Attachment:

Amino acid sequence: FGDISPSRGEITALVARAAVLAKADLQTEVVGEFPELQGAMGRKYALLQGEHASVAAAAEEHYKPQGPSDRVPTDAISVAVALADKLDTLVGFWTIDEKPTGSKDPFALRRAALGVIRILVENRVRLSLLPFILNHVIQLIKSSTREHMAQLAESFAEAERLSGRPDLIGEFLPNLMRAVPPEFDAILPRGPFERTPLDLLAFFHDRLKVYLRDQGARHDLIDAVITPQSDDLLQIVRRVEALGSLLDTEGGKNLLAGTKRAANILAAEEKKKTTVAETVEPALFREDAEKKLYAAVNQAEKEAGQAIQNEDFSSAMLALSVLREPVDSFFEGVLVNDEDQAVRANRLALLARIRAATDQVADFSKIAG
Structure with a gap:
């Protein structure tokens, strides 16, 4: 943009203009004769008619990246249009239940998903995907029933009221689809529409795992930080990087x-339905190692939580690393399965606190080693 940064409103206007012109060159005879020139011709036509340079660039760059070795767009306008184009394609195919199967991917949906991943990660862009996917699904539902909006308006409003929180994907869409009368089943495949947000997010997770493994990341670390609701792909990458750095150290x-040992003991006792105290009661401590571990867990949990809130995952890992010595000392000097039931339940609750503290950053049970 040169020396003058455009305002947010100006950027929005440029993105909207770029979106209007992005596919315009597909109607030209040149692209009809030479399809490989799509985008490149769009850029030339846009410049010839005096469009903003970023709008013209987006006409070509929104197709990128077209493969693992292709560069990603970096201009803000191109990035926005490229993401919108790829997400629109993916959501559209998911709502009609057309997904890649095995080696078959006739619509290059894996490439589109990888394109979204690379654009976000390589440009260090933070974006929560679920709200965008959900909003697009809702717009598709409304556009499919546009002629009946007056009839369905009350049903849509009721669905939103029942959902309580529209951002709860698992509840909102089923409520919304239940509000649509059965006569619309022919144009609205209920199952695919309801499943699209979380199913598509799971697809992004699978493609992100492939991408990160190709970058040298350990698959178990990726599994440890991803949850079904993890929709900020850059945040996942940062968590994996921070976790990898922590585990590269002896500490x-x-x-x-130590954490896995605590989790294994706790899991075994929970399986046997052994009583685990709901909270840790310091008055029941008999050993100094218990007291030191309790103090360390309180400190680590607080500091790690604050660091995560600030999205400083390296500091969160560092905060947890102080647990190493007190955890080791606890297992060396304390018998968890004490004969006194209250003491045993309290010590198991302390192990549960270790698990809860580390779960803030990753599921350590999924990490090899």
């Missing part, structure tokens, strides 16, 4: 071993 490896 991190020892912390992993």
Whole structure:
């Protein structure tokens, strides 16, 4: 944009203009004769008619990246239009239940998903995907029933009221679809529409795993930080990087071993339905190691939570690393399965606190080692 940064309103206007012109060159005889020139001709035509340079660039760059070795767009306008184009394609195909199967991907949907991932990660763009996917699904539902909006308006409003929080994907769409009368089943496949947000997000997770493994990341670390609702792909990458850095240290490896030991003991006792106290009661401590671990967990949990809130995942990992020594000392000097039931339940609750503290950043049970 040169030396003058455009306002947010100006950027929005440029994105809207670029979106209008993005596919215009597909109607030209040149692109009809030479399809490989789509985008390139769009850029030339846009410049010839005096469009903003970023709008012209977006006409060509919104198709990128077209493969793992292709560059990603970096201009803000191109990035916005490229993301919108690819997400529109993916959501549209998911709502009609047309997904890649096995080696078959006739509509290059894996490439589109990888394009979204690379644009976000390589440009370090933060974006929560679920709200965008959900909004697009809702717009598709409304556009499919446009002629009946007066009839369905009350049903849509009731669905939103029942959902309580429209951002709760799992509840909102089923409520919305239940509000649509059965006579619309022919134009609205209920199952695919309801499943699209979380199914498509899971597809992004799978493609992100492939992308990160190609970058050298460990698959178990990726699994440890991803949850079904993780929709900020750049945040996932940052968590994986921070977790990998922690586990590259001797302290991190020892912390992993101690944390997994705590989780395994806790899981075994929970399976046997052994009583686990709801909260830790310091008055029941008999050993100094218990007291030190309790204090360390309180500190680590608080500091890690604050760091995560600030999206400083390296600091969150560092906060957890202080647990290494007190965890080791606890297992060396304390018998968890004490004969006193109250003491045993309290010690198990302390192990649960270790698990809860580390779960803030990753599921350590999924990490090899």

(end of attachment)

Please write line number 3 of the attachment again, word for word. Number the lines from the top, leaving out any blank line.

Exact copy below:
């Protein structure tokens, strides 16, 4: 943009203009004769008619990246249009239940998903995907029933009221689809529409795992930080990087x-339905190692939580690393399965606190080693 940064409103206007012109060159005879020139011709036509340079660039760059070795767009306008184009394609195919199967991917949906991943990660862009996917699904539902909006308006409003929180994907869409009368089943495949947000997010997770493994990341670390609701792909990458750095150290x-040992003991006792105290009661401590571990867990949990809130995952890992010595000392000097039931339940609750503290950053049970 040169020396003058455009305002947010100006950027929005440029993105909207770029979106209007992005596919315009597909109607030209040149692209009809030479399809490989799509985008490149769009850029030339846009410049010839005096469009903003970023709008013209987006006409070509929104197709990128077209493969693992292709560069990603970096201009803000191109990035926005490229993401919108790829997400629109993916959501559209998911709502009609057309997904890649095995080696078959006739619509290059894996490439589109990888394109979204690379654009976000390589440009260090933070974006929560679920709200965008959900909003697009809702717009598709409304556009499919546009002629009946007056009839369905009350049903849509009721669905939103029942959902309580529209951002709860698992509840909102089923409520919304239940509000649509059965006569619309022919144009609205209920199952695919309801499943699209979380199913598509799971697809992004699978493609992100492939991408990160190709970058040298350990698959178990990726599994440890991803949850079904993890929709900020850059945040996942940062968590994996921070976790990898922590585990590269002896500490x-x-x-x-130590954490896995605590989790294994706790899991075994929970399986046997052994009583685990709901909270840790310091008055029941008999050993100094218990007291030191309790103090360390309180400190680590607080500091790690604050660091995560600030999205400083390296500091969160560092905060947890102080647990190493007190955890080791606890297992060396304390018998968890004490004969006194209250003491045993309290010590198991302390192990549960270790698990809860580390779960803030990753599921350590999924990490090899």